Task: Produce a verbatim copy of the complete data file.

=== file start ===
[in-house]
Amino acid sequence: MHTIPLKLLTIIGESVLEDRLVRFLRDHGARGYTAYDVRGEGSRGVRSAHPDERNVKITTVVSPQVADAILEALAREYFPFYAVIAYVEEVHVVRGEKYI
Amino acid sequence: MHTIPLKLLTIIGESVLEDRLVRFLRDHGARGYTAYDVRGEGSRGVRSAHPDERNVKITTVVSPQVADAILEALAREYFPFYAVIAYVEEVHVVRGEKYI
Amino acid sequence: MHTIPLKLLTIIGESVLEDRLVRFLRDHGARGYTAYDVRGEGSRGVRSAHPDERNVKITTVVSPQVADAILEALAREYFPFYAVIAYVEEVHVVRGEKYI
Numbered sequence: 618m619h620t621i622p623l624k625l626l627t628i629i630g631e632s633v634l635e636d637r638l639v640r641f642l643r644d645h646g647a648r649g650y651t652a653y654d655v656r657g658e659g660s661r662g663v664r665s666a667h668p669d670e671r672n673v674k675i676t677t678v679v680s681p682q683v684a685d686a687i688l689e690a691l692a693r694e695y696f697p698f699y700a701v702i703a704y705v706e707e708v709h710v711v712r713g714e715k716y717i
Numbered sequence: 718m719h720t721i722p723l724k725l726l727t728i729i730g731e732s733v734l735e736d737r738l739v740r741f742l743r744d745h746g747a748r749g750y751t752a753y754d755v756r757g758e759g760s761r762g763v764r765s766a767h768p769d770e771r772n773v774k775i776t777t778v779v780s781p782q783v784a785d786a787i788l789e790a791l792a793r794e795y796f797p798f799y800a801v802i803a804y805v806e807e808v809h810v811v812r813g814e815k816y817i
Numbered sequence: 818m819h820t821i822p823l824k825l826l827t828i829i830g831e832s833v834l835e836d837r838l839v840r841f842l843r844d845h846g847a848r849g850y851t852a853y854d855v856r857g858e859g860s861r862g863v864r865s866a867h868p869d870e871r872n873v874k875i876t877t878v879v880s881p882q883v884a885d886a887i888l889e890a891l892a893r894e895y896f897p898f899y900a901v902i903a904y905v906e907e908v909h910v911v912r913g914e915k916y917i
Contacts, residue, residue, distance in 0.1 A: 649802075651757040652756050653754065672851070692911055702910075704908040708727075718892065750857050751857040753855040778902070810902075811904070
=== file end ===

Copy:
[in-house]
Amino acid sequence: MHTIPLKLLTIIGESVLEDRLVRFLRDHGARGYTAYDVRGEGSRGVRSAHPDERNVKITTVVSPQVADAILEALAREYFPFYAVIAYVEEVHVVRGEKYI
Amino acid sequence: MHTIPLKLLTIIGESVLEDRLVRFLRDHGARGYTAYDVRGEGSRGVRSAHPDERNVKITTVVSPQVADAILEALAREYFPFYAVIAYVEEVHVVRGEKYI
Amino acid sequence: MHTIPLKLLTIIGESVLEDRLVRFLRDHGARGYTAYDVRGEGSRGVRSAHPDERNVKITTVVSPQVADAILEALAREYFPFYAVIAYVEEVHVVRGEKYI
Numbered sequence: 618m619h620t621i622p623l624k625l626l627t628i629i630g631e632s633v634l635e636d637r638l639v640r641f642l643r644d645h646g647a648r649g650y651t652a653y654d655v656r657g658e659g660s661r662g663v664r665s666a667h668p669d670e671r672n673v674k675i676t677t678v679v680s681p682q683v684a685d686a687i688l689e690a691l692a693r694e695y696f697p698f699y700a701v702i703a704y705v706e707e708v709h710v711v712r713g714e715k716y717i
Numbered sequence: 718m719h720t721i722p723l724k725l726l727t728i729i730g731e732s733v734l735e736d737r738l739v740r741f742l743r744d745h746g747a748r749g750y751t752a753y754d755v756r757g758e759g760s761r762g763v764r765s766a767h768p769d770e771r772n773v774k775i776t777t778v779v780s781p782q783v784a785d786a787i788l789e790a791l792a793r794e795y796f797p798f799y800a801v802i803a804y805v806e807e808v809h810v811v812r813g814e815k816y817i
Numbered sequence: 818m819h820t821i822p823l824k825l826l827t828i829i830g831e832s833v834l835e836d837r838l839v840r841f842l843r844d845h846g847a848r849g850y851t852a853y854d855v856r857g858e859g860s861r862g863v864r865s866a867h868p869d870e871r872n873v874k875i876t877t878v879v880s881p882q883v884a885d886a887i888l889e890a891l892a893r894e895y896f897p898f899y900a901v902i903a904y905v906e907e908v909h910v911v912r913g914e915k916y917i
Contacts, residue, residue, distance in 0.1 A: 649802075651757040652756050653754065672851070692911055702910075704908040708727075718892065750857050751857040753855040778902070810902075811904070